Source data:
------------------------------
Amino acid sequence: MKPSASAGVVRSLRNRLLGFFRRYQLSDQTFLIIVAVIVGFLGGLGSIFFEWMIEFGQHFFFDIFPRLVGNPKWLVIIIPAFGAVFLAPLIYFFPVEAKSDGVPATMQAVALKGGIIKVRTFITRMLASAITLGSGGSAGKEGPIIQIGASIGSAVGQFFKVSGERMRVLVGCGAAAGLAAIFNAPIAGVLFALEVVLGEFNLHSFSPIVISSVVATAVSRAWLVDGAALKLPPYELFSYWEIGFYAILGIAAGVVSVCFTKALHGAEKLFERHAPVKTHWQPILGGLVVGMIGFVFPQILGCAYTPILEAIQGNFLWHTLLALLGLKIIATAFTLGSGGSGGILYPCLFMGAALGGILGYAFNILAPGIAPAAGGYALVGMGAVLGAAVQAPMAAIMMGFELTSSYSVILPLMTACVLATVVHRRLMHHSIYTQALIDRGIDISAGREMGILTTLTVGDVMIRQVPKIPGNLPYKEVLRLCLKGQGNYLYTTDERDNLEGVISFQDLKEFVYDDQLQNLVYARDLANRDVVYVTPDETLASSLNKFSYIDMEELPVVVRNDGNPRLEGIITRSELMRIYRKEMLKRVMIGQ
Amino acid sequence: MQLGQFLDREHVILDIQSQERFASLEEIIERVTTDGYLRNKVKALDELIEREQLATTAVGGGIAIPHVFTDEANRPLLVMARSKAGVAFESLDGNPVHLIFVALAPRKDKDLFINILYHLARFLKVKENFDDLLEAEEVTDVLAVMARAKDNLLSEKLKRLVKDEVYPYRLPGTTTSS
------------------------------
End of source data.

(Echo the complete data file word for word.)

Amino acid sequence: MKPSASAGVVRSLRNRLLGFFRRYQLSDQTFLIIVAVIVGFLGGLGSIFFEWMIEFGQHFFFDIFPRLVGNPKWLVIIIPAFGAVFLAPLIYFFPVEAKSDGVPATMQAVALKGGIIKVRTFITRMLASAITLGSGGSAGKEGPIIQIGASIGSAVGQFFKVSGERMRVLVGCGAAAGLAAIFNAPIAGVLFALEVVLGEFNLHSFSPIVISSVVATAVSRAWLVDGAALKLPPYELFSYWEIGFYAILGIAAGVVSVCFTKALHGAEKLFERHAPVKTHWQPILGGLVVGMIGFVFPQILGCAYTPILEAIQGNFLWHTLLALLGLKIIATAFTLGSGGSGGILYPCLFMGAALGGILGYAFNILAPGIAPAAGGYALVGMGAVLGAAVQAPMAAIMMGFELTSSYSVILPLMTACVLATVVHRRLMHHSIYTQALIDRGIDISAGREMGILTTLTVGDVMIRQVPKIPGNLPYKEVLRLCLKGQGNYLYTTDERDNLEGVISFQDLKEFVYDDQLQNLVYARDLANRDVVYVTPDETLASSLNKFSYIDMEELPVVVRNDGNPRLEGIITRSELMRIYRKEMLKRVMIGQ
Amino acid sequence: MQLGQFLDREHVILDIQSQERFASLEEIIERVTTDGYLRNKVKALDELIEREQLATTAVGGGIAIPHVFTDEANRPLLVMARSKAGVAFESLDGNPVHLIFVALAPRKDKDLFINILYHLARFLKVKENFDDLLEAEEVTDVLAVMARAKDNLLSEKLKRLVKDEVYPYRLPGTTTSS